Sunday, 7 July 2013

Davey denies offering EDF a nuclear blank cheque

Energy and Climate Change Secretary of State Ed Davey has denied that the Government is offering EDF a blank cheque for Hinkley C nuclear power plant. He is reported in the Guardian as putting his reputation on the line (' a personal test'), saying that "I am determined that the consumer or the taxpayer will not bear the risk of construction over-runs. Nuclear will get no preference in comparison with other low-carbon technologies."

 Now the first part of the sentence is more important than the second, assuming the Government does stick to that position, because the Government appears not to be keeping to the second part. Nuclear power is being offered much more favourable terms compared to renewables since nuclear, according to the same (Guardian) article, is being offered a 35 year contract for premium prices. Moreover, the Treasury announced ten days ago that EDF would be offered £10 billion worth of loan guarantees. Meanwhile contracts offered to renewable generators are only to last for 15 years, a reduction compared to the Renewables Obligation where the premium prices last for 20 years. And of course, renewables have not been offered £10 billion of loan guarantees! See

 But that still leaves the point that the Government still says that it will not underwrite EDF's construction costs. That is very significant and barring some incredibly high 'strike' price, is enough to stop the project. Why? Well, nuclear power is so very uneconomic partly because of the tremendous uncertainty over how much the plant will cost and how long it will take investors to get their money back. So the city will downgrade any investment that is dependent on hopeful cost estimates for construction costs. That is why 'underwriting' is so important for new nuclear power. It seems the Government has not offered (yet) to guarantee to pay for any construction costs overruns. Barring some national French Government priority being made for Hinkley C (that seems unlikely) investing in Hinkley C looks like a very unattractive prospect for EDF unless the construction costs are underwritten. This is in addition to being offered a higher strike price than the Government are apparently considering. The gap between the £10 billion offered by the Government and the £14 billion (or more??) that the project is set to cost according to EDF has to be filled by somebody, and banks will not do it without guarantees. Other sources of capital will not lend their money without very big profits being assured, and no assurances are on offer even if the prices offered by Government were good enough.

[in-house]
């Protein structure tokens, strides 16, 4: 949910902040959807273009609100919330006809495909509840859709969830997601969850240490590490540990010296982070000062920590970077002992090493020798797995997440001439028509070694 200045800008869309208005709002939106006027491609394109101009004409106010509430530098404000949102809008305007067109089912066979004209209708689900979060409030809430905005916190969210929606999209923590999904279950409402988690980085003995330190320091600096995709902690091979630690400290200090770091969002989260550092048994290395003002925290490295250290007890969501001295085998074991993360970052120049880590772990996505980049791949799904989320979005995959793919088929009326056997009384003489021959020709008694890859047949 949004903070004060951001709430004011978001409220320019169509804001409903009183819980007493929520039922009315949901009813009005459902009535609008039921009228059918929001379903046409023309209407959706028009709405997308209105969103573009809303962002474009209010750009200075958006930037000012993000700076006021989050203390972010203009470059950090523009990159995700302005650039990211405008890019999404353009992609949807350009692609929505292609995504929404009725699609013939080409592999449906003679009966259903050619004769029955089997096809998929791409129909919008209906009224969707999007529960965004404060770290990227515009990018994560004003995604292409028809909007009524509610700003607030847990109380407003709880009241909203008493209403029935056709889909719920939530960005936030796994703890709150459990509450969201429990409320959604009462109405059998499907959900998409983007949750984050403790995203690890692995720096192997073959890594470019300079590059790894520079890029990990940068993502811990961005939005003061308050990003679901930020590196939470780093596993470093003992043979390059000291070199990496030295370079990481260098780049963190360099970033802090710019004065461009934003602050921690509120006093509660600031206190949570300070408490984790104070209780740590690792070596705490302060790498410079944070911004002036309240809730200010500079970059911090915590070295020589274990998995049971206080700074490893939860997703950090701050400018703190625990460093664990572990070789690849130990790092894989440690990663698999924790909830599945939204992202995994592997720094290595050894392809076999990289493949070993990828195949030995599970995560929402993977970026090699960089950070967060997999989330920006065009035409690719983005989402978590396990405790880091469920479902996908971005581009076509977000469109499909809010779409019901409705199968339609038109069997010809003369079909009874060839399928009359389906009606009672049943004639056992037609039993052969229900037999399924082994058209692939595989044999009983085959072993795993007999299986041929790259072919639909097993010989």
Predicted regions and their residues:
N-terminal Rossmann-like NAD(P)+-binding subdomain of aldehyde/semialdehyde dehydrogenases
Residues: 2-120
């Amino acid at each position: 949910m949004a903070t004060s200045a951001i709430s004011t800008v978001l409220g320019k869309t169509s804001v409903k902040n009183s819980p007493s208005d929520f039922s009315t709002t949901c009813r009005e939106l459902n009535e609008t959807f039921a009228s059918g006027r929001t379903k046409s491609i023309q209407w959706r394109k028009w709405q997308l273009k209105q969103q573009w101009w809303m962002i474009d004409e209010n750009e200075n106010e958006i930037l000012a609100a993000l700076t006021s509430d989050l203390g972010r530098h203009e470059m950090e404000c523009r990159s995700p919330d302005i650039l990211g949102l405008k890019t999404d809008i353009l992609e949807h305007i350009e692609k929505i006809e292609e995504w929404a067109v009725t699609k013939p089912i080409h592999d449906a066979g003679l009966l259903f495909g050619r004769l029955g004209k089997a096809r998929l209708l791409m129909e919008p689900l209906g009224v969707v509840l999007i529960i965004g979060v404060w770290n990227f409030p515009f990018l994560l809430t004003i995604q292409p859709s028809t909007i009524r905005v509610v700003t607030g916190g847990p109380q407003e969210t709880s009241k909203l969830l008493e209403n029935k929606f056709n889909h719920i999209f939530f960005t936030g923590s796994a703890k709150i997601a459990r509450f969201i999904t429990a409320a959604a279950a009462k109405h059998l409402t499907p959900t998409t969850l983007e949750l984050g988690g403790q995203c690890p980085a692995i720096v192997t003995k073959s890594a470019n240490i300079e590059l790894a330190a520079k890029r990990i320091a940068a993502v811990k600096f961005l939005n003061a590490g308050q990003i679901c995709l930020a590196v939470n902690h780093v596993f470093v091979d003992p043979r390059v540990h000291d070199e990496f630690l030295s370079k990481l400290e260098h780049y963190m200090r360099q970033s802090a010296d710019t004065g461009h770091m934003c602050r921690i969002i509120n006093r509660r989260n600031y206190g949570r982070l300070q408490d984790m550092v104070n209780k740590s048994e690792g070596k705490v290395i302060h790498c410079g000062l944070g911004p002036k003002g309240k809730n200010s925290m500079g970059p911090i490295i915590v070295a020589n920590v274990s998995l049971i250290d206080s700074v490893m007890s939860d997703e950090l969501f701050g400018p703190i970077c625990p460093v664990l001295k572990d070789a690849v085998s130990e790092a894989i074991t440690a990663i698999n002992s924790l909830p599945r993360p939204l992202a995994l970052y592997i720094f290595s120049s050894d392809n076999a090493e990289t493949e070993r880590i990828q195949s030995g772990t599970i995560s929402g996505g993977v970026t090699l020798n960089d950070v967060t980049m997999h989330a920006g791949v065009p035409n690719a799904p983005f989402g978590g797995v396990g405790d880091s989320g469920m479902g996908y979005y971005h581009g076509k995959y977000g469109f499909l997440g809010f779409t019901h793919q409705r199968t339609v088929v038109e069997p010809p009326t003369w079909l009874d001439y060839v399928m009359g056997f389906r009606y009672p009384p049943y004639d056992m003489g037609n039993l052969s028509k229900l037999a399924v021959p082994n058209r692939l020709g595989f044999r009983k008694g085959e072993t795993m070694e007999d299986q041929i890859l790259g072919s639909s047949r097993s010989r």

The strike price is another issue, with Hinkley C being unattractive at less than around £100 per MWh even with the 35 year contract and £10 billion worth of loan guarantees. The Treasury has been talking about around £80 per MWh. There is more to come as well. Renewable generators have been offered a deal based on the 'consumer price index' (CPI) being used to uprate the contract-for-differences (CfD) strike price which (as discussed in a recent blog post) is inferior to the retail price index (RPI). This matters to EDF since its future income stream would be much less using CPI as an inflation adjustment as opposed to using RPI.

 All in all, Hinkley C looks, on the basis of the Government policy, to be an unattractive investment. That is not because the Government are giving preference to renewables - quite the contrary since nuclear is being offered a better deal on key issues - but it is a measure of just how uneconomic nuclear power is. Indeed, some people are even calling for electricity to be part re-nationalised so that we can have nuclear power. See

Given that the UK is so firm on the notion that liberalised, privatised markets are the best way to achieve best value for the consumer in industries like electricity, why is it suggested that state ownership is the way forward for nuclear power? Could it be precisely because nuclear power does not represent good value for the consumer?

 You would think that no other country in the world could get by without building more nuclear power stations! Why do some British people think we need them so bad? Maybe it is a feeling for the old times - after all, the UK was the last country to phase out steam engines from mainline railways!
 I respect Ed Davey for announcing his refusal to budge as a personal test, but the Government has already shifted its ground so much towards offering nuclear power better terms than renewables, that Ed had better watch out before he risks getting a lot of egg on his chin. After the Lib Dems debacle over tuition fees, anyway, their credibility on sticking to cast iron commitments is not exactly riding high!
 But the point is that if Ed is telling us the truth, and he’s not going to budge, why not give the loan guarantees to renewable schemes.....tidal stream and offshore wind projects could do with that £10 billion, and we would get more renewables going as a result.

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